Wednesday, January 20, 2010

Steppin up.....

This week has been devoted to completing a rather large and daunting commission. It is daunting... not only because of its shear size... but also because the commission involves satisfying two clients... the interior design firm owner who hired me... but as well his clients as well. These two people have very specific tastes... but unfortunately, for "Me" (in the initial stages) the wife and husband each wanted a very different and separate focus for the subject matter of the painting.

So I agreed to create three 8x10 inch oil studies to guide their selection process. Two were immediately set to the side... and the third required some small changes in form and colour which I did and had it back to them for their approval within three days. That was before Christmas, so it didn't bother me that it was on hold. But by the end of the first week in January, I hadn't heard back, so I called the designer only to discover that they were still "skittish"...and a bit uncertain about the third design.In the face of this, the designer gave me the "go ahead" to start the large canvas, saying that he would have it if they had any trouble with the final product. We have worked together successfully through a gallery that used to represent me... so we are "on the same page" and both trusts the other.

I began the project in earnest a week ago today, by toning the entire canvas with my usual burnt sienna acrylic wash... applied randomly over the entire surface. I let that dry overnight and then transferred the design from the 8x10 inch sketch using waxed cord pressed against the sketch in a grid pattern that divides the length and width into thirds. I then divided the 48x60 inch canvas using the same grid arrangement. NOTE: the proportion of the sketch to canvas is in a 6:1 ratio-not just by chance!

The next step in the process was to then place the larger design on the larger canvas using the sketch markings to help "map" or transfer the design. Using willow charcoal is such a freeing strategy, first because of the manner in which it flows and encourages good free drawing on the canvas surface... but more importantly... because any "wrong turns" can be immediately removed.... or adjusted.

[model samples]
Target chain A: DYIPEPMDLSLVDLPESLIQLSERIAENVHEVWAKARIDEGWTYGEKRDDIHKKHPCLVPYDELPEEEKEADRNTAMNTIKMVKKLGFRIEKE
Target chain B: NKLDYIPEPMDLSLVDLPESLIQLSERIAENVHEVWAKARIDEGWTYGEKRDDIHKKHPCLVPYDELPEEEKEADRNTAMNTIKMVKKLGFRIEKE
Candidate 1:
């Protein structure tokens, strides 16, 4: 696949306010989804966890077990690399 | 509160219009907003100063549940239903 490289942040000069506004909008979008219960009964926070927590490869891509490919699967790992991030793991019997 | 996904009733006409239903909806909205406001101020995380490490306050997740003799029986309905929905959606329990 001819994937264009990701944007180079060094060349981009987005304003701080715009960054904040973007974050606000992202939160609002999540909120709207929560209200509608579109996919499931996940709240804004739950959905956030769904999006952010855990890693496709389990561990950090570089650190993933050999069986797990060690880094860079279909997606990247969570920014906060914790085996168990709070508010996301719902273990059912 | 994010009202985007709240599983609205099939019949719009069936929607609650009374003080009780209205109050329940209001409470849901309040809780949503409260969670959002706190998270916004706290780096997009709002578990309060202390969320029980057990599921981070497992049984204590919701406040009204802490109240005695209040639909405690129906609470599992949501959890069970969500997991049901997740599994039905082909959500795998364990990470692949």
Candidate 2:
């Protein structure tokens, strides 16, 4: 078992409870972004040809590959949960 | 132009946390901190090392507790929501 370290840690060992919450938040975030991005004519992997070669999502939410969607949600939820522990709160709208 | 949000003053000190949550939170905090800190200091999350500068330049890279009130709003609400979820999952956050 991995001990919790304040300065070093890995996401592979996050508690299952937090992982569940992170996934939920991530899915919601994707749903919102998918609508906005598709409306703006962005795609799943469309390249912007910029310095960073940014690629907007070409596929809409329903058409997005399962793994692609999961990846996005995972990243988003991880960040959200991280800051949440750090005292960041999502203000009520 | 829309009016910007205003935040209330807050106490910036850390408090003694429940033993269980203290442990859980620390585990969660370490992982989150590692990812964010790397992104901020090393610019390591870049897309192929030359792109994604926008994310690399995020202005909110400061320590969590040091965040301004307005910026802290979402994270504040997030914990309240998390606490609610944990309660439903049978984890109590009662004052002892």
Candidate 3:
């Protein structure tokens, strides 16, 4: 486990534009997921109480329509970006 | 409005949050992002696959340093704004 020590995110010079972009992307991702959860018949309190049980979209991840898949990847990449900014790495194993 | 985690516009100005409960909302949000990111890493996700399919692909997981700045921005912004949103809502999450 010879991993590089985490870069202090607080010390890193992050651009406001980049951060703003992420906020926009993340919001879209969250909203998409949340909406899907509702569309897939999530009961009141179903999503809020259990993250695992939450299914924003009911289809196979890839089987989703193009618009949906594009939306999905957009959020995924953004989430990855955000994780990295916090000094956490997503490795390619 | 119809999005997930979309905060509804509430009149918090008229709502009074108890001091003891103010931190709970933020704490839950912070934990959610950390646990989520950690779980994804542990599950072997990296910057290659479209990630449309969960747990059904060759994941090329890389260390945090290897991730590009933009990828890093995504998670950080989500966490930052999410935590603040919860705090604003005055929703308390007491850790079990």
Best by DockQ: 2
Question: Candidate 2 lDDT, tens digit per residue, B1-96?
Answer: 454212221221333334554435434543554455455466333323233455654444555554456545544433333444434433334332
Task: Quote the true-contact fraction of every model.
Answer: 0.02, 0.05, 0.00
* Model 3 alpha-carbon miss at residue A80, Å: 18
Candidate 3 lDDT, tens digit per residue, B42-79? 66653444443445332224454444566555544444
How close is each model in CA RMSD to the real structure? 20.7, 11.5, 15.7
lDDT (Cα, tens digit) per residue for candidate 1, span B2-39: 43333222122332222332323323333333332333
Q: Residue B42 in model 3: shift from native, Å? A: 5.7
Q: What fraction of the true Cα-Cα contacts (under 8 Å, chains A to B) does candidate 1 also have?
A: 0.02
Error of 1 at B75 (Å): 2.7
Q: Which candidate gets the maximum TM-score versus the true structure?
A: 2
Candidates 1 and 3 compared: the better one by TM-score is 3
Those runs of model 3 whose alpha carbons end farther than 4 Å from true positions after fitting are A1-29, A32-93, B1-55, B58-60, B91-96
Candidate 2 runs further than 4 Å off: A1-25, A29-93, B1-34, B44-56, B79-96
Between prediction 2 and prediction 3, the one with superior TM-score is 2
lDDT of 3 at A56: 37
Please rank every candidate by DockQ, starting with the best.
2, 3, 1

I decided at this stage to bring forward the barn complex closer to the foreground to help emphasize them more. I also adjusted the house significantly and changed its type and its elevation. It was at this very moment that I realized that for this commission to succeed... if only for "Me"... "I" had to take charge and create it ... AS "I" WISHED!

It has run this way since that moment... and "I" am VERY happy with the outcome to this point in the painting process. I have reached the complete lay in stage by the end of today's session in the studio. Now the fun begins!

"I" will post the first jpegs to describe the atransfer and drawing process up to this point! Stay tuned over the next few days... to see the final outcome. Wish "Me" luck!

Good painting to all!


  1. Stumbled onto your blog...enjoying your winter scenes and looking forward to following this commission. Happy Painting!

  2. I do wish you luck, Bruce. I think commissions are like that..... lucky that your "broker" has such faith in you and allows you to go with what you feel is best.

  3. Thank "You"... for "stumbling onto" my site Julie. Hope that you will visit again and find some encouragement with you own work... and great blog site!

    Happy painting to "You" as well!
    Warm regards,